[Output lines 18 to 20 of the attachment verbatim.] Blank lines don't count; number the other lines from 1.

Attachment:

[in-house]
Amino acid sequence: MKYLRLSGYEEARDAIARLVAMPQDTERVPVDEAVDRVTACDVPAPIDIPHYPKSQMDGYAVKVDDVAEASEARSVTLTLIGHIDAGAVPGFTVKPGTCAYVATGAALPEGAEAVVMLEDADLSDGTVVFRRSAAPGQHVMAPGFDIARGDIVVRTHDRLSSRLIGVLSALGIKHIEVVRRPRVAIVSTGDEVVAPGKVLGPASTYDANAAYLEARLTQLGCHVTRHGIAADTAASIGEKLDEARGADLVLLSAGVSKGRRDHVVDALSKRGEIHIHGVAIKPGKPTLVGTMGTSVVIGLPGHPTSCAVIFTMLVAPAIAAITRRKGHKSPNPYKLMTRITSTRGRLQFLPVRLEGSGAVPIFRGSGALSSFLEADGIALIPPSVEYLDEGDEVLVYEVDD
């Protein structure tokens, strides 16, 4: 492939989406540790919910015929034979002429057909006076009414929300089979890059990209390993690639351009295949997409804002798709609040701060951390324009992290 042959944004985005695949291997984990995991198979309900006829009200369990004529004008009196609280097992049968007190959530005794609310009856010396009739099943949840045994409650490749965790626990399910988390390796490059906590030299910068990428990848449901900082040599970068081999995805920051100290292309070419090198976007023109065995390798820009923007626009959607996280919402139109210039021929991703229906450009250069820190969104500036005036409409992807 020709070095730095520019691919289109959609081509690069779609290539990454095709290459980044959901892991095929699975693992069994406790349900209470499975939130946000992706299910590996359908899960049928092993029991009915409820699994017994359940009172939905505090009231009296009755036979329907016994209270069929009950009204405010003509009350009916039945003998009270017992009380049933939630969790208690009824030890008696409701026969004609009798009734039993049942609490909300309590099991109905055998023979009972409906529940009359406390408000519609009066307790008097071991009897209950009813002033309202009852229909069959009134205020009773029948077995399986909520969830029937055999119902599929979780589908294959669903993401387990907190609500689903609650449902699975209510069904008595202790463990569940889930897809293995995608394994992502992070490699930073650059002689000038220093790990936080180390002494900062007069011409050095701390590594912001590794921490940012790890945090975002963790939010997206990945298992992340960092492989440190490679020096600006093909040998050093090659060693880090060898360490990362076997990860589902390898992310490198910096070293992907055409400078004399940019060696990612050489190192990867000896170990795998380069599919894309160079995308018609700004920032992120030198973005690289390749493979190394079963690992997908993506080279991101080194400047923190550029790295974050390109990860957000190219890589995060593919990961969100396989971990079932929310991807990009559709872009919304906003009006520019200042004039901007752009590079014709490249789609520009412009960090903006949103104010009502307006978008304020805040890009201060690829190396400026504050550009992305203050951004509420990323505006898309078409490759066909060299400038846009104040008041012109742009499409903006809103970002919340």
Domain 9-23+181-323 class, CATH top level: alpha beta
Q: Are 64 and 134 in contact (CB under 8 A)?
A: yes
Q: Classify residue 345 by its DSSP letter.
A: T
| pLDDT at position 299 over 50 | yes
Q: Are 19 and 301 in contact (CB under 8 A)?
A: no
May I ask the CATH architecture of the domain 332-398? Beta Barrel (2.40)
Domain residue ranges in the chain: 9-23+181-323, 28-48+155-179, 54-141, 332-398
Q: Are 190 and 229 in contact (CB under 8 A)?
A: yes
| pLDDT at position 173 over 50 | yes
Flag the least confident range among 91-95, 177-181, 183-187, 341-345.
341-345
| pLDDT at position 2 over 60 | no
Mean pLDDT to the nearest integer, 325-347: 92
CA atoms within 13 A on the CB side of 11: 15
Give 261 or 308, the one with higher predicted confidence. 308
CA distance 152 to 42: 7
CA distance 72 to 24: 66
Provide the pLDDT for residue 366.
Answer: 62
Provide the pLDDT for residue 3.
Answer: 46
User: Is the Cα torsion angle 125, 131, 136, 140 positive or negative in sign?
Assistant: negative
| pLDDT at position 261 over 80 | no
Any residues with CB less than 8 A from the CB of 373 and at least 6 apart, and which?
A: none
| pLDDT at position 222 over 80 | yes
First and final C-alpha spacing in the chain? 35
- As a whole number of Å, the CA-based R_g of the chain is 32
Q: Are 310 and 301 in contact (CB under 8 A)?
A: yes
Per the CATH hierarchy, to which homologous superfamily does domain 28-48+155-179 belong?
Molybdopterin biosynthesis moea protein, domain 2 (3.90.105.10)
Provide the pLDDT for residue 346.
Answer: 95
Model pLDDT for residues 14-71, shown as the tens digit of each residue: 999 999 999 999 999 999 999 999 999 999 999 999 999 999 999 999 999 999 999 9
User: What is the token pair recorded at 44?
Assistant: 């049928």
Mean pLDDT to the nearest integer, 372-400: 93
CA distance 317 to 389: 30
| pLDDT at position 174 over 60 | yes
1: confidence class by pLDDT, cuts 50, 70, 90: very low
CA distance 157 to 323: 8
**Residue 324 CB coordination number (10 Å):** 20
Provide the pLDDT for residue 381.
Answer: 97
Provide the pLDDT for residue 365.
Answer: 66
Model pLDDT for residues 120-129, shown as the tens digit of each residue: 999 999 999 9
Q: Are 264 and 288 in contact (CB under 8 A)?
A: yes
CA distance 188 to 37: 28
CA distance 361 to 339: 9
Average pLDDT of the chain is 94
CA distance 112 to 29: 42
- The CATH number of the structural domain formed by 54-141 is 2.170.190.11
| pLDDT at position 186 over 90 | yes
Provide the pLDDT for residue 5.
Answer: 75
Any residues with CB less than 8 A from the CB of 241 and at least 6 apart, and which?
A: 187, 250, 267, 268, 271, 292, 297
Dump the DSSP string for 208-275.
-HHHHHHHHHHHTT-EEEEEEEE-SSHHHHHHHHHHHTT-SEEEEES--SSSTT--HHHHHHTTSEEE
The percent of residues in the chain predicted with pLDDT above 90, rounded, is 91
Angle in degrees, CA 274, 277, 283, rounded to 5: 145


341-345
| pLDDT at position 2 over 60 | no
Mean pLDDT to the nearest integer, 325-347: 92